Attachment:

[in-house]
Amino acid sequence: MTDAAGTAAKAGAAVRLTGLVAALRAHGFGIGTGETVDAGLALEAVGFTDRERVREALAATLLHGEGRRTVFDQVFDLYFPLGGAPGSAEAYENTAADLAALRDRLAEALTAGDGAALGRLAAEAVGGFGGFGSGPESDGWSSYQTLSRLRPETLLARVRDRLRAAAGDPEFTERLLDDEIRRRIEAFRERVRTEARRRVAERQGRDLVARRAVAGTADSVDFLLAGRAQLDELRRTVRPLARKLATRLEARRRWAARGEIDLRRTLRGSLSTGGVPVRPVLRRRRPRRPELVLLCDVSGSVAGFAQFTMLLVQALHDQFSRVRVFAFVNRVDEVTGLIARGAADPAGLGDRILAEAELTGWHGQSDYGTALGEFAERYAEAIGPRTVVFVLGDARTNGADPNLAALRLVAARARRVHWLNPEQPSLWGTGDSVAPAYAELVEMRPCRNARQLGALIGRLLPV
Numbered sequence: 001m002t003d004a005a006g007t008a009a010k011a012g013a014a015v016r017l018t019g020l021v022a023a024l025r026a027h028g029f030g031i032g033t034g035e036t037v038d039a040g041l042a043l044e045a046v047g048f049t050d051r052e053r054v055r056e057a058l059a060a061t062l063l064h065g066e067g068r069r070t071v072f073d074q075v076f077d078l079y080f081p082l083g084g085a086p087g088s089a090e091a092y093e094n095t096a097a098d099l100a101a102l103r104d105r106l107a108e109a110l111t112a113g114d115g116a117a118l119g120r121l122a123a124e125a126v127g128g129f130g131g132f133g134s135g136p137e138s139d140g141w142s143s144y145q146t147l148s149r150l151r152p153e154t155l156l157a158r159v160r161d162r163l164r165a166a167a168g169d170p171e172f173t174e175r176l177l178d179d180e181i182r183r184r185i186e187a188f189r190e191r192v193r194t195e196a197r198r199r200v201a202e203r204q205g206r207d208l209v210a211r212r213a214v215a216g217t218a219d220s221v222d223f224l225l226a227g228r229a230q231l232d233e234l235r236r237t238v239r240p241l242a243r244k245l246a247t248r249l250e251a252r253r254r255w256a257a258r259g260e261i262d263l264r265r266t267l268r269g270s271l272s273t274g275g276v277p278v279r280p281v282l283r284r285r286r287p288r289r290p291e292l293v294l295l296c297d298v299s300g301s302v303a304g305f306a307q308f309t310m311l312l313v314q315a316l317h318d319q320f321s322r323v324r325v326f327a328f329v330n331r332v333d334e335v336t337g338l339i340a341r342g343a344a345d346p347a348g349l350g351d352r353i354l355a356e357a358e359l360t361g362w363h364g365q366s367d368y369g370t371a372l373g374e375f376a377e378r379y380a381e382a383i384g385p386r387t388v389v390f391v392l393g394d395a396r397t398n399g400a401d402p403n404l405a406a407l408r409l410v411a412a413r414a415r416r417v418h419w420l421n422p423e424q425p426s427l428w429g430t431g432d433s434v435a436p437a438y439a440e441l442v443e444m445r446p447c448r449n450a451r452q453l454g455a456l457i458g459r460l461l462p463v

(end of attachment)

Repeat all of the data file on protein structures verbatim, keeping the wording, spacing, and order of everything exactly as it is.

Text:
[in-house]
Amino acid sequence: MTDAAGTAAKAGAAVRLTGLVAALRAHGFGIGTGETVDAGLALEAVGFTDRERVREALAATLLHGEGRRTVFDQVFDLYFPLGGAPGSAEAYENTAADLAALRDRLAEALTAGDGAALGRLAAEAVGGFGGFGSGPESDGWSSYQTLSRLRPETLLARVRDRLRAAAGDPEFTERLLDDEIRRRIEAFRERVRTEARRRVAERQGRDLVARRAVAGTADSVDFLLAGRAQLDELRRTVRPLARKLATRLEARRRWAARGEIDLRRTLRGSLSTGGVPVRPVLRRRRPRRPELVLLCDVSGSVAGFAQFTMLLVQALHDQFSRVRVFAFVNRVDEVTGLIARGAADPAGLGDRILAEAELTGWHGQSDYGTALGEFAERYAEAIGPRTVVFVLGDARTNGADPNLAALRLVAARARRVHWLNPEQPSLWGTGDSVAPAYAELVEMRPCRNARQLGALIGRLLPV
Numbered sequence: 001m002t003d004a005a006g007t008a009a010k011a012g013a014a015v016r017l018t019g020l021v022a023a024l025r026a027h028g029f030g031i032g033t034g035e036t037v038d039a040g041l042a043l044e045a046v047g048f049t050d051r052e053r054v055r056e057a058l059a060a061t062l063l064h065g066e067g068r069r070t071v072f073d074q075v076f077d078l079y080f081p082l083g084g085a086p087g088s089a090e091a092y093e094n095t096a097a098d099l100a101a102l103r104d105r106l107a108e109a110l111t112a113g114d115g116a117a118l119g120r121l122a123a124e125a126v127g128g129f130g131g132f133g134s135g136p137e138s139d140g141w142s143s144y145q146t147l148s149r150l151r152p153e154t155l156l157a158r159v160r161d162r163l164r165a166a167a168g169d170p171e172f173t174e175r176l177l178d179d180e181i182r183r184r185i186e187a188f189r190e191r192v193r194t195e196a197r198r199r200v201a202e203r204q205g206r207d208l209v210a211r212r213a214v215a216g217t218a219d220s221v222d223f224l225l226a227g228r229a230q231l232d233e234l235r236r237t238v239r240p241l242a243r244k245l246a247t248r249l250e251a252r253r254r255w256a257a258r259g260e261i262d263l264r265r266t267l268r269g270s271l272s273t274g275g276v277p278v279r280p281v282l283r284r285r286r287p288r289r290p291e292l293v294l295l296c297d298v299s300g301s302v303a304g305f306a307q308f309t310m311l312l313v314q315a316l317h318d319q320f321s322r323v324r325v326f327a328f329v330n331r332v333d334e335v336t337g338l339i340a341r342g343a344a345d346p347a348g349l350g351d352r353i354l355a356e357a358e359l360t361g362w363h364g365q366s367d368y369g370t371a372l373g374e375f376a377e378r379y380a381e382a383i384g385p386r387t388v389v390f391v392l393g394d395a396r397t398n399g400a401d402p403n404l405a406a407l408r409l410v411a412a413r414a415r416r417v418h419w420l421n422p423e424q425p426s427l428w429g430t431g432d433s434v435a436p437a438y439a440e441l442v443e444m445r446p447c448r449n450a451r452q453l454g455a456l457i458g459r460l461l462p463v